The Student News Site of Tarrant County College

The Collegian

The Student News Site of Tarrant County College

The Collegian

The Student News Site of Tarrant County College

The Collegian

NW student finds thyme to garden, role play, learn

Rows and rows of young plants line the green houses on NW Campus. Casey Holder/The Collegian

By Bethany Sanderson/reporter

Erik Petersen, Master Pilot of the Merchant Ship Havfruen, is what he is called on the weekends, but in everyday life, he’s known as Jeremiah Davis.

Rows and rows of young plants line the green houses on NW Campus.
Casey Holder/The Collegian

The NW horticulture major finds joy in performing for the Scarborough Renaissance Festival, which opens next week in Waxahachie.

“Scarborough is a wonderful time all around from the interactions with patrons during the run of the show to the camaraderie with fellow performers during rehearsals and after the day’s closing cannon has fired,” Davis said.

Davis, 33, said festival employees must remain in character the entire day. One of his memories involved a group of women asking him to take their picture.

As a man playing a character from 1533, he had a difficult time operating the camera. He fumbled with the camera buttons and snapped pictures of himself.

“After taking a proper photo of them, I pointed the lens directly at my face and started repeatedly pushing the button before they yanked it out of my hands,” he said.

Davis’ character also plays a wooden percussion instrument shaped like a big frog called a croakenspiel. He plays with the village musicians providing background music for the country-dance, maypole and pub sing shows.

When not portraying a Danish sailor “wobbling around disoriented because the land doesn’t move right,” he completed his required volunteer hours and is now a certified Texas Master Gardener with the Grayson County Master Gardener Association.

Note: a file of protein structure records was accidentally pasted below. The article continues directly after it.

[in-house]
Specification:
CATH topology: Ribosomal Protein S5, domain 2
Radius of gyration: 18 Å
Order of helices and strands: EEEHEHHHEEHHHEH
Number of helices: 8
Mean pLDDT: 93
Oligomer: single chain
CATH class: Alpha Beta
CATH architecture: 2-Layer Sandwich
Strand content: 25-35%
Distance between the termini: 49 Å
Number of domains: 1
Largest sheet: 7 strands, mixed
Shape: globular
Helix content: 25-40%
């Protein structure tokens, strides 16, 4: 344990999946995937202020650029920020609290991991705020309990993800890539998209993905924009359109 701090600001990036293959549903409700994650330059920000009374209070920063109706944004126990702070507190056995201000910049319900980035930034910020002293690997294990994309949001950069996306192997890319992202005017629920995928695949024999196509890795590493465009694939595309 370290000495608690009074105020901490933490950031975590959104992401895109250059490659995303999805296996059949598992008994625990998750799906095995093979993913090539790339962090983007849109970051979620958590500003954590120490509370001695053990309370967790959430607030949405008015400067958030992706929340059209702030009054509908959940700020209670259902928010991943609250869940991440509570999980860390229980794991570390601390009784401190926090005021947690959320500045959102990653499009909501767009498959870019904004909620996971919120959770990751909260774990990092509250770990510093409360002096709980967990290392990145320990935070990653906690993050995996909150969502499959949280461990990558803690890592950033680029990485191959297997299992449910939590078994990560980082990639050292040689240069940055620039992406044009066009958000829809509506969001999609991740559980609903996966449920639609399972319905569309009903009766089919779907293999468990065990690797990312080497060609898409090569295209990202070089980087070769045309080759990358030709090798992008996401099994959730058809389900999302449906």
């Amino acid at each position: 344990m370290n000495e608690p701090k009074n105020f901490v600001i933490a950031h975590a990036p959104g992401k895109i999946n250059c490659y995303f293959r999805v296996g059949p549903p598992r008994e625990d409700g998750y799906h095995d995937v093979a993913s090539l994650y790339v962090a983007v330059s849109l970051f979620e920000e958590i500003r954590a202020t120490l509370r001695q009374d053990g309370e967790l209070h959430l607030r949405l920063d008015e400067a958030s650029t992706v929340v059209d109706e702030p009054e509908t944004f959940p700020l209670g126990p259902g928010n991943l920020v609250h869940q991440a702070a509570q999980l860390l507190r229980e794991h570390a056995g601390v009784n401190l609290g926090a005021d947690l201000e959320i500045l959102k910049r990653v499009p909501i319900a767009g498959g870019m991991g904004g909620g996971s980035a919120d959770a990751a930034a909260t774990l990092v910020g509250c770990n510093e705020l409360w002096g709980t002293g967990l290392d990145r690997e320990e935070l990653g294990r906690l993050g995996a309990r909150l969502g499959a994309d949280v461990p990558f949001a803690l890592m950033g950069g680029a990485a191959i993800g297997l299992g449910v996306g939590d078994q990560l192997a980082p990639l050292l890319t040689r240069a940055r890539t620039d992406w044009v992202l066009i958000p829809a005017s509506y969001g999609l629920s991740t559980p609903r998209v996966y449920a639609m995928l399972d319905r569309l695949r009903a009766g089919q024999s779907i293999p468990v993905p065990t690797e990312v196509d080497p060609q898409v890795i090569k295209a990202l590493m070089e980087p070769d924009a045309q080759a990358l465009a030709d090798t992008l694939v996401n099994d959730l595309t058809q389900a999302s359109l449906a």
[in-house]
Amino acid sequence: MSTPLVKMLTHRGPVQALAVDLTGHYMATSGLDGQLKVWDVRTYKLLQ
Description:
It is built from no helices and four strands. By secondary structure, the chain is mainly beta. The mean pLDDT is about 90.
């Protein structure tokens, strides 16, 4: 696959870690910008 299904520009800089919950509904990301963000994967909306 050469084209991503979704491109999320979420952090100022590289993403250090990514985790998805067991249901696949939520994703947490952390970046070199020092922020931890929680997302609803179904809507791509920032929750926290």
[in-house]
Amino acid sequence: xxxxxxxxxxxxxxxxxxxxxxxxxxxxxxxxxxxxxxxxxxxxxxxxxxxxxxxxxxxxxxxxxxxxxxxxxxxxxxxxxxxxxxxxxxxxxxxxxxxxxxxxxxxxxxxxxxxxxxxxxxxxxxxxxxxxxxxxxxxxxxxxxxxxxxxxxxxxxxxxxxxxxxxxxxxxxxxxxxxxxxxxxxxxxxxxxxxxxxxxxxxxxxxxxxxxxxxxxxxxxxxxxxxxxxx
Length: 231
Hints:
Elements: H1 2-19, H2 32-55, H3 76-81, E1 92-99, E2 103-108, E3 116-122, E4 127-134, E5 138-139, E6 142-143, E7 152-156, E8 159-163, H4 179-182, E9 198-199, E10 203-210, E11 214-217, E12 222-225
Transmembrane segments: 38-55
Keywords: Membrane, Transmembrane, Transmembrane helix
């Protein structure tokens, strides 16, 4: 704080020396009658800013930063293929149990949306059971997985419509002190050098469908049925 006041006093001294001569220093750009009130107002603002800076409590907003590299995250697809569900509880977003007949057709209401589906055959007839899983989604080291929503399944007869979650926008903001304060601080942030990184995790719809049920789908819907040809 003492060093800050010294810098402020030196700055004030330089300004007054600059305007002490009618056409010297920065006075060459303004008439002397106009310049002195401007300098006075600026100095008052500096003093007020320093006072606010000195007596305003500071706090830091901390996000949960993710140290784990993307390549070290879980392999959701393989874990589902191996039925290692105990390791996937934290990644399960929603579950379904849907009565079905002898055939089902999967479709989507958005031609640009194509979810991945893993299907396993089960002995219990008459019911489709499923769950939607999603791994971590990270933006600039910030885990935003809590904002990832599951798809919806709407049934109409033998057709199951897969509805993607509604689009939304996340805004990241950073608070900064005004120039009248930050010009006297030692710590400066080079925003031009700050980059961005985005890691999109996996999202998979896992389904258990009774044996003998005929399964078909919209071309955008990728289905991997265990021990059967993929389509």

Davis is also a member of the Red River Rose Society and Texoma Herb and Old Rose Society.

Darlene Cottier, also with the Grayson County Master Gardener Association, taught Davis pre-advanced chemistry at Denison High School.

She considered him a bright student and said she is pleased with the work he has done in the community.

“He helped put in the landscaping for one of the Habitat for Humanity homes in Grayson County and compiled Texas A&M University tree selector and Earth-kind plant selector websites into Excel spreadsheets for quick and easy use,” she said.

NW horticulture assistant professor Mark Schusler said Jeremiah is an excellent student and a delight to have in class.

“He had done extremely well in horticulture, and we just employed him as a student assistant last week,” he said. “I will miss him when he graduates, but I am sure we will keep in touch.”

Fridays are lifting days for Davis. With a home on 10 acres, Davis’ mother cannot adequately help tend the land because of back surgery a few years ago.

“The four donkeys help keep the pasture munched down and provide an unending supply of fertilizer for the two vegetable gardens and many rose beds,” he said. “They are effectively big dogs.”

A computer-programmer for 10 years, Davis decided on a change after his third layoff.

He found a way to combine his previous and current lifestyles by working with the National Cooperative Soil Survey, a division of the Department of Agriculture.

“This division has identified and cataloged in extensive detail the soil properties of the entire nation down to the acre level,” he said.

After TCC, Davis plans to spend a year volunteering on organic production farms in North Texas as an intern through an organization called World Wide Opportunities on Organic Farms.

Then he would like to get his bachelor’s degree from Stephen F. Austin University.

Davis ultimately wants to start a berry and herb farm, most likely a “pick-your-own” style.

“I’ve already started propagating the pomegranate trees and harvested some large, delicious fruit off of the mother plant last year,” he said.

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